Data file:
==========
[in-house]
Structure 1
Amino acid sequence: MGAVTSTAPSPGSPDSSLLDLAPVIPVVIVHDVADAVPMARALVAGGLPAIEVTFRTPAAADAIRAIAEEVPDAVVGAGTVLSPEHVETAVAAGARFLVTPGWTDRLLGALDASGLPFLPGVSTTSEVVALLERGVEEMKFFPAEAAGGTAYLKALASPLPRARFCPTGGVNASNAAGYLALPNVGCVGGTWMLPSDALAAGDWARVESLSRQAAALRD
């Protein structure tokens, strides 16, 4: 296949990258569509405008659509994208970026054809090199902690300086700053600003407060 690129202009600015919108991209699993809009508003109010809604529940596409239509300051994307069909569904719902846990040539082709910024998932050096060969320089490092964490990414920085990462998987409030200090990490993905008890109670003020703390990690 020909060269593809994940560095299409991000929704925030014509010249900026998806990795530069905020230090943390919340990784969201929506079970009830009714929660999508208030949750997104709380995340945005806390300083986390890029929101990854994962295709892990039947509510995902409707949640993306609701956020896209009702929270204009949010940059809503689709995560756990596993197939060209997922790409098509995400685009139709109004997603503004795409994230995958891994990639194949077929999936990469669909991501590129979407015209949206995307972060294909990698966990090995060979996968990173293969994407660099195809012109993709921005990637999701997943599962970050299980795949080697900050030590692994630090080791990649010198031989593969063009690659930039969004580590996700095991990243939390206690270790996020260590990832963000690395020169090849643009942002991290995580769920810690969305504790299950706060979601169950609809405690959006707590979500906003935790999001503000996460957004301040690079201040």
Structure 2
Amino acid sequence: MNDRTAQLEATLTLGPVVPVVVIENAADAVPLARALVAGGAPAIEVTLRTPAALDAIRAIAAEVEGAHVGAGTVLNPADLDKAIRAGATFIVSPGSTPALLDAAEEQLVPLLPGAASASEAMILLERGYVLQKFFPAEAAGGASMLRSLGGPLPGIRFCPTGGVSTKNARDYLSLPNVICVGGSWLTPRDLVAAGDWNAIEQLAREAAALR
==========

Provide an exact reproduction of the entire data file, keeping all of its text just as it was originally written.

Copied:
[in-house]
Structure 1
Amino acid sequence: MGAVTSTAPSPGSPDSSLLDLAPVIPVVIVHDVADAVPMARALVAGGLPAIEVTFRTPAAADAIRAIAEEVPDAVVGAGTVLSPEHVETAVAAGARFLVTPGWTDRLLGALDASGLPFLPGVSTTSEVVALLERGVEEMKFFPAEAAGGTAYLKALASPLPRARFCPTGGVNASNAAGYLALPNVGCVGGTWMLPSDALAAGDWARVESLSRQAAALRD
């Protein structure tokens, strides 16, 4: 296949990258569509405008659509994208970026054809090199902690300086700053600003407060 690129202009600015919108991209699993809009508003109010809604529940596409239509300051994307069909569904719902846990040539082709910024998932050096060969320089490092964490990414920085990462998987409030200090990490993905008890109670003020703390990690 020909060269593809994940560095299409991000929704925030014509010249900026998806990795530069905020230090943390919340990784969201929506079970009830009714929660999508208030949750997104709380995340945005806390300083986390890029929101990854994962295709892990039947509510995902409707949640993306609701956020896209009702929270204009949010940059809503689709995560756990596993197939060209997922790409098509995400685009139709109004997603503004795409994230995958891994990639194949077929999936990469669909991501590129979407015209949206995307972060294909990698966990090995060979996968990173293969994407660099195809012109993709921005990637999701997943599962970050299980795949080697900050030590692994630090080791990649010198031989593969063009690659930039969004580590996700095991990243939390206690270790996020260590990832963000690395020169090849643009942002991290995580769920810690969305504790299950706060979601169950609809405690959006707590979500906003935790999001503000996460957004301040690079201040």
Structure 2
Amino acid sequence: MNDRTAQLEATLTLGPVVPVVVIENAADAVPLARALVAGGAPAIEVTLRTPAALDAIRAIAAEVEGAHVGAGTVLNPADLDKAIRAGATFIVSPGSTPALLDAAEEQLVPLLPGAASASEAMILLERGYVLQKFFPAEAAGGASMLRSLGGPLPGIRFCPTGGVSTKNARDYLSLPNVICVGGSWLTPRDLVAAGDWNAIEQLAREAAALR